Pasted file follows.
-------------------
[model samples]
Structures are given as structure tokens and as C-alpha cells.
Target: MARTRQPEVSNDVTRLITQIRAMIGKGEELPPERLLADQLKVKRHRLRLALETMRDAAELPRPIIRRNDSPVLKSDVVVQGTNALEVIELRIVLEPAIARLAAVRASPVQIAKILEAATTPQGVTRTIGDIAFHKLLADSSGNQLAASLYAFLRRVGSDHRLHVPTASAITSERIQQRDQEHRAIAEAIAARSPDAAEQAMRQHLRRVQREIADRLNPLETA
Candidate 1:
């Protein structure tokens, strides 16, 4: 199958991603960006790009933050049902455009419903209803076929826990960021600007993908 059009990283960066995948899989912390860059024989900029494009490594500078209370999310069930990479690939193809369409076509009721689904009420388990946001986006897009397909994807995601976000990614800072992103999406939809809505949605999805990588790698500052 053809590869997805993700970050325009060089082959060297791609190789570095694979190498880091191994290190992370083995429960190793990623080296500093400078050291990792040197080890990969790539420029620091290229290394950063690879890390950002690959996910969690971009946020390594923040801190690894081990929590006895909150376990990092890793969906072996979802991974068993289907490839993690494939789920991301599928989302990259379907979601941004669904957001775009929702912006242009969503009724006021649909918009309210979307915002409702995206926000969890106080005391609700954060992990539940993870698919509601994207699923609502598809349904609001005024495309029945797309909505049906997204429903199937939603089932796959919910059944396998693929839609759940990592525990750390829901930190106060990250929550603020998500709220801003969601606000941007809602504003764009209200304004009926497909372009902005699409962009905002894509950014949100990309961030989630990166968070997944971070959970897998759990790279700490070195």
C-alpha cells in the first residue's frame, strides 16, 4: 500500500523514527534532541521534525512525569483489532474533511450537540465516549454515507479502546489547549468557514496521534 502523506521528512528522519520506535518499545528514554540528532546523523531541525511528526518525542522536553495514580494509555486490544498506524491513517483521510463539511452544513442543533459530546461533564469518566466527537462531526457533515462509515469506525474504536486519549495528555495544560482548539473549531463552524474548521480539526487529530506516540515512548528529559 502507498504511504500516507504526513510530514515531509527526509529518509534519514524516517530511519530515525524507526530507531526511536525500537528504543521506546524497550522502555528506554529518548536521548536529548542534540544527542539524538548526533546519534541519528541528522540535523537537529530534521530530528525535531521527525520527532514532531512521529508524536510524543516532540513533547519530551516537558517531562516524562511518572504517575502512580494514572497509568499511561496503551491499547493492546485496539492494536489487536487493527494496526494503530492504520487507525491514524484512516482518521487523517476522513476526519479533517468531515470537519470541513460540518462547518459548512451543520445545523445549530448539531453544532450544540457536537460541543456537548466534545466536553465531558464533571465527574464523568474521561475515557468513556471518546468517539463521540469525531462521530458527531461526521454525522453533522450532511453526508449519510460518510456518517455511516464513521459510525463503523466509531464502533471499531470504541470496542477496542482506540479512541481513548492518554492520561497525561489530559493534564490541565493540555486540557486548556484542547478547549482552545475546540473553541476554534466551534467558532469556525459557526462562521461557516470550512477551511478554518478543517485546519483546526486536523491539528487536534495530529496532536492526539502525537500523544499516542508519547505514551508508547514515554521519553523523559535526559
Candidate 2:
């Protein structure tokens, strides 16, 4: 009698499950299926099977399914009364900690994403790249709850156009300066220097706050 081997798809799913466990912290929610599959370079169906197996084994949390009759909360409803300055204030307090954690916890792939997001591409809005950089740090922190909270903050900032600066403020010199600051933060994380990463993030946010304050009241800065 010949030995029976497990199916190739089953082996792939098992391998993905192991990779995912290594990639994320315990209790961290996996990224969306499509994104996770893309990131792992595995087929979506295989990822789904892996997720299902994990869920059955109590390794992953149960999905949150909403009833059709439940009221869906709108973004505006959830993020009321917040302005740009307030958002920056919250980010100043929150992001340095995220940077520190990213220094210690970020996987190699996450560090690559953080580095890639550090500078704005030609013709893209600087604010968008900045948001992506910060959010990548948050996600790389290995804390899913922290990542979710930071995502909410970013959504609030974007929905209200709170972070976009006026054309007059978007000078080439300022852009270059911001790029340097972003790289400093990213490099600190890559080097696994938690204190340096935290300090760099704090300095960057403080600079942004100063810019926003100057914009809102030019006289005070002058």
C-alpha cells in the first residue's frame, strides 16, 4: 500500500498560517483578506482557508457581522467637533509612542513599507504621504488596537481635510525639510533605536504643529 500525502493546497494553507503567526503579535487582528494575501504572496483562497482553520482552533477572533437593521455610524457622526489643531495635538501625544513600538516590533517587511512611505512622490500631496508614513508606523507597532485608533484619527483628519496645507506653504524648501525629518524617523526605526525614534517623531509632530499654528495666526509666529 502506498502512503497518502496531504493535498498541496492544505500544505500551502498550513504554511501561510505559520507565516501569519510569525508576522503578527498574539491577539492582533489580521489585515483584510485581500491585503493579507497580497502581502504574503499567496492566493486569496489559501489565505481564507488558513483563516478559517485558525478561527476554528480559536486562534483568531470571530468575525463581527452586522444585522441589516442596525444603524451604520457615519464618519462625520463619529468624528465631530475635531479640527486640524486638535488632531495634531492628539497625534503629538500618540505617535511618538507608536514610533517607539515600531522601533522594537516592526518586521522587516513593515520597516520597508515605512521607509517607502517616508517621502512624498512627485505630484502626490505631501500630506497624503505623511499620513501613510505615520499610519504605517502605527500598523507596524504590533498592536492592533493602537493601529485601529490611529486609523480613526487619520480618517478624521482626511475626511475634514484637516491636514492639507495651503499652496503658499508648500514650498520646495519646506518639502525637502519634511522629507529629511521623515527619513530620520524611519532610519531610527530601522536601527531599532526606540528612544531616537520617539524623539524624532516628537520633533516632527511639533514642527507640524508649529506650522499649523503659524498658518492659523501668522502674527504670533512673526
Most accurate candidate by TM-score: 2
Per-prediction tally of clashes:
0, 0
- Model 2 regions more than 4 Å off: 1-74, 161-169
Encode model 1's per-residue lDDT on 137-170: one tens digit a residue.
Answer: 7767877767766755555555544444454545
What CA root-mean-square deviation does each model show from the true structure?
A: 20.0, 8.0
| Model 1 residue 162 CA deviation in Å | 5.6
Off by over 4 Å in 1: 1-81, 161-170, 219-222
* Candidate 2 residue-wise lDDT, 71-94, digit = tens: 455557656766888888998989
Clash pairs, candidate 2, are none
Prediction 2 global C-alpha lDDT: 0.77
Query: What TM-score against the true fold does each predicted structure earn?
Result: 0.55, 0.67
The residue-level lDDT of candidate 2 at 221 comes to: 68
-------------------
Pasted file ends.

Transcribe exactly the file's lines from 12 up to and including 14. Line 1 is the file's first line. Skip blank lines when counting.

0, 0
- Model 2 regions more than 4 Å off: 1-74, 161-169
Encode model 1's per-residue lDDT on 137-170: one tens digit a residue.